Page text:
Sophisticated MEMS capacitive sensors combined with advanced electronics are replacing traditional geophones or seismometers for different types of seismic measurements. Numbers of applications outside the traditional strong motion earthquake monitoring are using these seismic motion sensors for their extreme low noise, high resolution and large dynamic range. These applications are characterized by low amplitude signals produced by natural (earthquake, volcano, subsidence or even wind) or human-induced (explosions, shock, constructions) movements.
Inertial navigation is the process of calculating the position and velocity of a body (such as an aircraft) from self-contained accelerometers and gyroscopes. Attitude and Heading Reference Systems, better known as AHRS, are multi-axis sensors that provide heading, attitude and yaw information for aircraft or any subject moving in free space.
AHRS are designed to replace traditional mechanical gyroscopic flight instruments and provide superior reliability and accuracy. They consist of either solid-state or MEMS gyroscopes, accelerometers and magnetometers on all three axes. Some AHRS use GPS receivers to improve long-term stability of the gyroscopes. A Kalman filter is typically used to compute the solution from these multiple sources.
The Sensor of Choice for Unmanned Monitoring
Unattended Ground Sensors (UGS) are unmanned monitoring stations often used for military surveillance, troop movement detection, and target identification. It can also be used for perimeter security or border and access control. This demanding application requires a compact, rugged and high-performance sensor. Compared to conventional coil-and-magnet based velocity transducers, the Si-Flex line of accelerometers offers several key benefits for battlefield monitoring and homeland security.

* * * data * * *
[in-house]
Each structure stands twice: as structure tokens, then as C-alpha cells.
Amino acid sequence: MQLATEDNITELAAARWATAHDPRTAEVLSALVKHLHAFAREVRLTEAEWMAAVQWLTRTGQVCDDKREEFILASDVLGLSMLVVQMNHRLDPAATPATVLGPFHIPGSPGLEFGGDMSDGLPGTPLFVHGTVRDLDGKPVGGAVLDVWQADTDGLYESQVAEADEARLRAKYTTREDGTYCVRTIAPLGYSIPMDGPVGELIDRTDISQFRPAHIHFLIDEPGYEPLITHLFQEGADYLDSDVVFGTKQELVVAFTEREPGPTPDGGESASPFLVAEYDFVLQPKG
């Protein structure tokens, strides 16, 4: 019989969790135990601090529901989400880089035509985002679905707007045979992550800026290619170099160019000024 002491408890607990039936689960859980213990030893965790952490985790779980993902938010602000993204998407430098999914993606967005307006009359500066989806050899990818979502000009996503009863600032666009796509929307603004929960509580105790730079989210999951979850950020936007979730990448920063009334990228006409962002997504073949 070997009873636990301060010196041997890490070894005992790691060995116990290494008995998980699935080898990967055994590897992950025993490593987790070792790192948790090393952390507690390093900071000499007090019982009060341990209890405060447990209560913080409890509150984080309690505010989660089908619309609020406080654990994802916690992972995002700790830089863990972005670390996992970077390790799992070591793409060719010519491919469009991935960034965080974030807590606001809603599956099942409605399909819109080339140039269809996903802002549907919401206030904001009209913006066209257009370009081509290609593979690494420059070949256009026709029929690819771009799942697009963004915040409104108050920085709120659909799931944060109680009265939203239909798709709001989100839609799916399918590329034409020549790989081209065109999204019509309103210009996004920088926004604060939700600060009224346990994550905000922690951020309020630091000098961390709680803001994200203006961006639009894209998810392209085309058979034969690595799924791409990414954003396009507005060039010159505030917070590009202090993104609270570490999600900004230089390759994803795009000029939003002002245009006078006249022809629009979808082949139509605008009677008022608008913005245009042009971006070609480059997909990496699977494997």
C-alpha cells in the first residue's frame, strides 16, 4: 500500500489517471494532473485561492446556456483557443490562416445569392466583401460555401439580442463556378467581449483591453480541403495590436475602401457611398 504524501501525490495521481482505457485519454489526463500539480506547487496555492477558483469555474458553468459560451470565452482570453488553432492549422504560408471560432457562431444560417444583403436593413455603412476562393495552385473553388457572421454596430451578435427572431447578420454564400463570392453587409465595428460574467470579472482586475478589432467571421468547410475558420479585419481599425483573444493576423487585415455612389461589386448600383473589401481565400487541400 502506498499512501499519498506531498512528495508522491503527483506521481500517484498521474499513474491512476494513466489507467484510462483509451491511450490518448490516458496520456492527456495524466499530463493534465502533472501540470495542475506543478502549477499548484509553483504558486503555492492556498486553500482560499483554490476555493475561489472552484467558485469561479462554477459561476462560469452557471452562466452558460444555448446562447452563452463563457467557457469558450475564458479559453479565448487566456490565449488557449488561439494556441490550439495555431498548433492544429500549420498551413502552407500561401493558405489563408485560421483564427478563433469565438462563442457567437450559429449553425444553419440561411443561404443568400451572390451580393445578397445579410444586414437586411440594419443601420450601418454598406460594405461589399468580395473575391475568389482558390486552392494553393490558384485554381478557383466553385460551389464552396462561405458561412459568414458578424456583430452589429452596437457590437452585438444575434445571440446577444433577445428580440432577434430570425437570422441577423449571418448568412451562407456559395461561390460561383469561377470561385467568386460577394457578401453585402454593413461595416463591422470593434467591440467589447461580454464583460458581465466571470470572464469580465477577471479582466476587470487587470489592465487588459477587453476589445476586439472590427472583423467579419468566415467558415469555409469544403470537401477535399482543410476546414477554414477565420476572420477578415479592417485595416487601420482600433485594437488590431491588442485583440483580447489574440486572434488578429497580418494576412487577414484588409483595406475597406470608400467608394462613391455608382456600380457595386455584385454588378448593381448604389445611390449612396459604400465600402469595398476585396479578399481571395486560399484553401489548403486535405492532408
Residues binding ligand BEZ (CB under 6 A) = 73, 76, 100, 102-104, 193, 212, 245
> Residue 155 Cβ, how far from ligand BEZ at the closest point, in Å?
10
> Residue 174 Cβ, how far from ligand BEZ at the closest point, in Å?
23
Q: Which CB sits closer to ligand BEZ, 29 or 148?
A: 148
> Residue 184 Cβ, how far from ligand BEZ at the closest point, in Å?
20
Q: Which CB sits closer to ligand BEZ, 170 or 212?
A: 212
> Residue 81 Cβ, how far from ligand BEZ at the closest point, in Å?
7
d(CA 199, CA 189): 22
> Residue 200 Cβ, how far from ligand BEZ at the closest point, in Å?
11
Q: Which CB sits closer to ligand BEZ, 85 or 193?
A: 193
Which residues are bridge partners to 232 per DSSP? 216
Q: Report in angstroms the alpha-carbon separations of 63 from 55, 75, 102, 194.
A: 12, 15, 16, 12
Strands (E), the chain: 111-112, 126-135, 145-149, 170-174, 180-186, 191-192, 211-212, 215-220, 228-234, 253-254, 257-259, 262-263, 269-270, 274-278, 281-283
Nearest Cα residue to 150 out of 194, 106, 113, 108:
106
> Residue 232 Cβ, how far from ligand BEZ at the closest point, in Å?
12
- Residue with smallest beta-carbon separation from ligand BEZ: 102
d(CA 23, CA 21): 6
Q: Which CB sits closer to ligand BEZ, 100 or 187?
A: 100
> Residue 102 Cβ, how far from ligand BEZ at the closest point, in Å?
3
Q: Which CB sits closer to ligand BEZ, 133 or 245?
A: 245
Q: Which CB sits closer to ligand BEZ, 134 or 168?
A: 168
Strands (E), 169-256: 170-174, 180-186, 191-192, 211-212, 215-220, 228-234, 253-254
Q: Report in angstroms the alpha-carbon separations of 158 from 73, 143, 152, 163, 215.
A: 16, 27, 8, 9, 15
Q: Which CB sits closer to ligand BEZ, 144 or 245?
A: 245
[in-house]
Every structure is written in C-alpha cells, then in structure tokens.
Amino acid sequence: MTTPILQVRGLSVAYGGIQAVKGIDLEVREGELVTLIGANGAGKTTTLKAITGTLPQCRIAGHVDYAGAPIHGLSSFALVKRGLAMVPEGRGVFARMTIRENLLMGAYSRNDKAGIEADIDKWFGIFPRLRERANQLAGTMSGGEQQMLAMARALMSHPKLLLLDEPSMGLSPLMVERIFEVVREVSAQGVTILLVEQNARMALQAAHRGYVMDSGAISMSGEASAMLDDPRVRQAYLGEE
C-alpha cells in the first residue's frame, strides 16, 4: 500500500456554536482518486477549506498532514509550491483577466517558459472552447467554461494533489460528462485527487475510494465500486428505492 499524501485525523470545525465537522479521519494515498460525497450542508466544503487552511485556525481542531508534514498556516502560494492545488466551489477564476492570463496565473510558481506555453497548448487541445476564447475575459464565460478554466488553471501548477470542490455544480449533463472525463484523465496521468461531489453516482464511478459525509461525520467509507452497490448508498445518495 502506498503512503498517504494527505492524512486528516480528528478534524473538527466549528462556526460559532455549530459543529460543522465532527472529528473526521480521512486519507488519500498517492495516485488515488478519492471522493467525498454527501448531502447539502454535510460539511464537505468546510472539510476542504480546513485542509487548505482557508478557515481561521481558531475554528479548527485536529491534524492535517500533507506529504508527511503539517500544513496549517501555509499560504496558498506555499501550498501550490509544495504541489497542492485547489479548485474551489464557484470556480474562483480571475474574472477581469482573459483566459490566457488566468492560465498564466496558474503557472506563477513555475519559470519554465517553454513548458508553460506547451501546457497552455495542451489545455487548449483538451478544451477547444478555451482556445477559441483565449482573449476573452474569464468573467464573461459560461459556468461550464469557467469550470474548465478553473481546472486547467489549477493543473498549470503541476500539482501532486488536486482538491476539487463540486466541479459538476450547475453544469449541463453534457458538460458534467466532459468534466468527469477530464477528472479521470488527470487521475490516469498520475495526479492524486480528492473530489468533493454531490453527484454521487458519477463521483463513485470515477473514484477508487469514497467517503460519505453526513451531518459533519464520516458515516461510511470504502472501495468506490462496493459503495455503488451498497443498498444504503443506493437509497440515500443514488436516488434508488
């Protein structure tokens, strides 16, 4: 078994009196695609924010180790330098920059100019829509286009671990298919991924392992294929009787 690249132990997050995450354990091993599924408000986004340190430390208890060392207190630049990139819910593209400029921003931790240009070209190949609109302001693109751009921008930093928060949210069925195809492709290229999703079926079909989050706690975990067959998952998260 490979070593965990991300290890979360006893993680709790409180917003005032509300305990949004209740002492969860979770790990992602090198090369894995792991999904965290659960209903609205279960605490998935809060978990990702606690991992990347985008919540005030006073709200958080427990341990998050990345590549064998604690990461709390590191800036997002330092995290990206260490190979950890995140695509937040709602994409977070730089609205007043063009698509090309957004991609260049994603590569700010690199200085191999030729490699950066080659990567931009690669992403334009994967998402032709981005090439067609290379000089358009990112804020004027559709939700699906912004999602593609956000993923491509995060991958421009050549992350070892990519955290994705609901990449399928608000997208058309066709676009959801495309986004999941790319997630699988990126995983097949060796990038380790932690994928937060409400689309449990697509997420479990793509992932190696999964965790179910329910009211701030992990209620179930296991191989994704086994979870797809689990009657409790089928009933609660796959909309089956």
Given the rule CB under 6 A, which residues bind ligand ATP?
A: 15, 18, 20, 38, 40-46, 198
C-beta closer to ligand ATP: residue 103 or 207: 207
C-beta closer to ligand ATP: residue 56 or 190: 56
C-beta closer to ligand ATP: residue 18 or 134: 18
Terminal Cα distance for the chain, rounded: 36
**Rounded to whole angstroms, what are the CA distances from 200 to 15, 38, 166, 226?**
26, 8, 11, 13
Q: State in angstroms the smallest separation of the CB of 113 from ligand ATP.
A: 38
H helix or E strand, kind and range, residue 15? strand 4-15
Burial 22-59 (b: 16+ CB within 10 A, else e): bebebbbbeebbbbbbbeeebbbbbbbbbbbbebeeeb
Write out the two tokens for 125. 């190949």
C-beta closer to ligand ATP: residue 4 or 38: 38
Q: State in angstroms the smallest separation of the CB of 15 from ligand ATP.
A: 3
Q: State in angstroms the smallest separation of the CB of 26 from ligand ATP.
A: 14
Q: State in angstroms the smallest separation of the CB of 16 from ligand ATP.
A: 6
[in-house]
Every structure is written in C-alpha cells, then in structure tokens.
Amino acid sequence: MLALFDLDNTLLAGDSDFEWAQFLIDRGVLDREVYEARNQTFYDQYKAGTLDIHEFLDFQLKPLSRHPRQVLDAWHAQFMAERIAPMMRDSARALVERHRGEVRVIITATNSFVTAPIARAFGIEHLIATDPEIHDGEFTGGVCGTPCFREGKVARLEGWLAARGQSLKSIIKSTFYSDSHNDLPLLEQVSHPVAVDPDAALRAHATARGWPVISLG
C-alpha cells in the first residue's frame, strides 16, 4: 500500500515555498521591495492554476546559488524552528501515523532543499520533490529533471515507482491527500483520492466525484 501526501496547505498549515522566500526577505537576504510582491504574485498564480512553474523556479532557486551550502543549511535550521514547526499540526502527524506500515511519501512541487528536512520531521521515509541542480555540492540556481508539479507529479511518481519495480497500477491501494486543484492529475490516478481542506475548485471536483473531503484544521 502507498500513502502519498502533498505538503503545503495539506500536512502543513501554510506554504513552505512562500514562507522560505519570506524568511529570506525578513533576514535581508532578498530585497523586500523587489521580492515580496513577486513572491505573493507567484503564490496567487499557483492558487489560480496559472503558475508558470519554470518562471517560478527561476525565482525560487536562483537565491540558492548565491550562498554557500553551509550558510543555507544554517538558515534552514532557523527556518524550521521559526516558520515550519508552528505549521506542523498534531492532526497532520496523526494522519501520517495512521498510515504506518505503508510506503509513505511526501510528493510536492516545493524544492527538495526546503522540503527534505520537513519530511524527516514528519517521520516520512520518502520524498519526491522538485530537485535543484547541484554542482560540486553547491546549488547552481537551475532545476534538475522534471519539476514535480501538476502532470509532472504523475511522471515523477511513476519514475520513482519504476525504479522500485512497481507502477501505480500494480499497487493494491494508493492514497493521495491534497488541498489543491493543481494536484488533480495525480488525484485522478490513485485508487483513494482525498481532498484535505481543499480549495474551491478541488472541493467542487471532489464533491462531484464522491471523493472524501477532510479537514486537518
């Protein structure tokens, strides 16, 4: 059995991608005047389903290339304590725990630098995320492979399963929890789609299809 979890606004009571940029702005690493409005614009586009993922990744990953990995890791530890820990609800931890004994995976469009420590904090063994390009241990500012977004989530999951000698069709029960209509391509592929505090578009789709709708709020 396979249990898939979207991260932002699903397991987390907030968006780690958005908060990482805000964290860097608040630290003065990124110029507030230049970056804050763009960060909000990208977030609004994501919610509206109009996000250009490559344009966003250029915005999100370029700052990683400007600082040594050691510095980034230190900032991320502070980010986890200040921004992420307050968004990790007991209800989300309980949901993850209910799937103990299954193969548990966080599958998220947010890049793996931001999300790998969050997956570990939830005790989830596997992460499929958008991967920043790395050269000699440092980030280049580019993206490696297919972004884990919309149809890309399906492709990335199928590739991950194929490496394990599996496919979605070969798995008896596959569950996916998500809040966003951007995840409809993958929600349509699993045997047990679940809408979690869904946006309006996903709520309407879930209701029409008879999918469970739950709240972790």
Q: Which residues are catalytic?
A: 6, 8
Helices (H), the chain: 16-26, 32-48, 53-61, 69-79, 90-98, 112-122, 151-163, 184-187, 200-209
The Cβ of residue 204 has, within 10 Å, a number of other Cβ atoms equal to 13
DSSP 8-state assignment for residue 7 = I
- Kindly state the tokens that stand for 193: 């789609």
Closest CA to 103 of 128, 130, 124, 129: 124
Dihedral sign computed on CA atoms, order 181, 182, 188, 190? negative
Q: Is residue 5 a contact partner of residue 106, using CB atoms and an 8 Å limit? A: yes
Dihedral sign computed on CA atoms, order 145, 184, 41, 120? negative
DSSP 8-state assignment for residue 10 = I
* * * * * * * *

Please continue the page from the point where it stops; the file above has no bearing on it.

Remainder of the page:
Some new technologies such as Extended Area Protection & Survivability (EAPS) are being developed to counter incoming enemy attacks. These programs require increasing utilization of long-range artillery and can represent an unacceptably high risk of civilian causalities. Therefore, more precise artillery systems, smart munitions and smart missiles are increasingly required and accuracy of ammunitions must be enhanced to meet "Smart Artillery" performances independently of any GPS control.
Such projectiles also integrate independent, reliable and redundant self-destruct mechanism that can also be based on sensors such as accelerometers that have to perform not only after the initial shock but also after impact. If a target is not detected or not attained, the weapon either self-destructs, eliminating the threat to civilian from explosive remnant or render itself inert. Note that increased accuracy means also that fewer rounds are needed, resulting in a big reduction in the logistics tail of artillery units..
Mid accuracy navigation systems (IMU), AHRS and control systems require gyros and accelerometers to predict the position of a moving object in free space. Accelerometers are used to perform initial leveling and to correct the gyro drift on the move.
In this whitepaper we compare the main parameters of the ±10g Colibrys accelerometers MS9010.D and RS9010.A currently under development, to support the system designers and as a guideline for optimum selection of an accelerometer. Four main parameters are compared including bias repeatability, scale factor, axis misalignment and vibration rectification error. MS9010.D has a long term bias repeatability of better than 5mg while first result on RS9010.A samples is better than 1.5mg. The scale factor repeatability of MS9010.D is 400ppm whilst the value for RS9010.A is 150ppm. In addition, the vibration rectification error of RS9010.A has a potential to be better than 100µg/g².